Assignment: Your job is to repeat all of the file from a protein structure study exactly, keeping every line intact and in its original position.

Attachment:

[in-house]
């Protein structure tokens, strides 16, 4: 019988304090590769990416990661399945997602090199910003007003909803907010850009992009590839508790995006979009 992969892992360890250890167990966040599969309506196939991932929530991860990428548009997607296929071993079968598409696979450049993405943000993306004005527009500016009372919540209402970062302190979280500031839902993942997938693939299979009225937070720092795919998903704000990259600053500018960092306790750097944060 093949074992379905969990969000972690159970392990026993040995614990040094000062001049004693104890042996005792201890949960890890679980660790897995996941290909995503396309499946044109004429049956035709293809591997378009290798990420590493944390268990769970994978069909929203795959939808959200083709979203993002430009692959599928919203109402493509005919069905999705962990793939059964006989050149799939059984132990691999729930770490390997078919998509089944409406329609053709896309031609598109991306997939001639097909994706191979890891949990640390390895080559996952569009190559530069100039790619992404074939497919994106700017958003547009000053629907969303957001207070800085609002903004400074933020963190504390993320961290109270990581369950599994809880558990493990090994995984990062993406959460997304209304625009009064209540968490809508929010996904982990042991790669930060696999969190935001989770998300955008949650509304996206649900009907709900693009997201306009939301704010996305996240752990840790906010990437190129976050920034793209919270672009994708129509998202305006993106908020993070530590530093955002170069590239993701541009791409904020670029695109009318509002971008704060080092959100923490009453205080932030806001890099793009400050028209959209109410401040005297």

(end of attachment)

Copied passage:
[in-house]
């Protein structure tokens, strides 16, 4: 019988304090590769990416990661399945997602090199910003007003909803907010850009992009590839508790995006979009 992969892992360890250890167990966040599969309506196939991932929530991860990428548009997607296929071993079968598409696979450049993405943000993306004005527009500016009372919540209402970062302190979280500031839902993942997938693939299979009225937070720092795919998903704000990259600053500018960092306790750097944060 093949074992379905969990969000972690159970392990026993040995614990040094000062001049004693104890042996005792201890949960890890679980660790897995996941290909995503396309499946044109004429049956035709293809591997378009290798990420590493944390268990769970994978069909929203795959939808959200083709979203993002430009692959599928919203109402493509005919069905999705962990793939059964006989050149799939059984132990691999729930770490390997078919998509089944409406329609053709896309031609598109991306997939001639097909994706191979890891949990640390390895080559996952569009190559530069100039790619992404074939497919994106700017958003547009000053629907969303957001207070800085609002903004400074933020963190504390993320961290109270990581369950599994809880558990493990090994995984990062993406959460997304209304625009009064209540968490809508929010996904982990042991790669930060696999969190935001989770998300955008949650509304996206649900009907709900693009997201306009939301704010996305996240752990840790906010990437190129976050920034793209919270672009994708129509998202305006993106908020993070530590530093955002170069590239993701541009791409904020670029695109009318509002971008704060080092959100923490009453205080932030806001890099793009400050028209959209109410401040005297």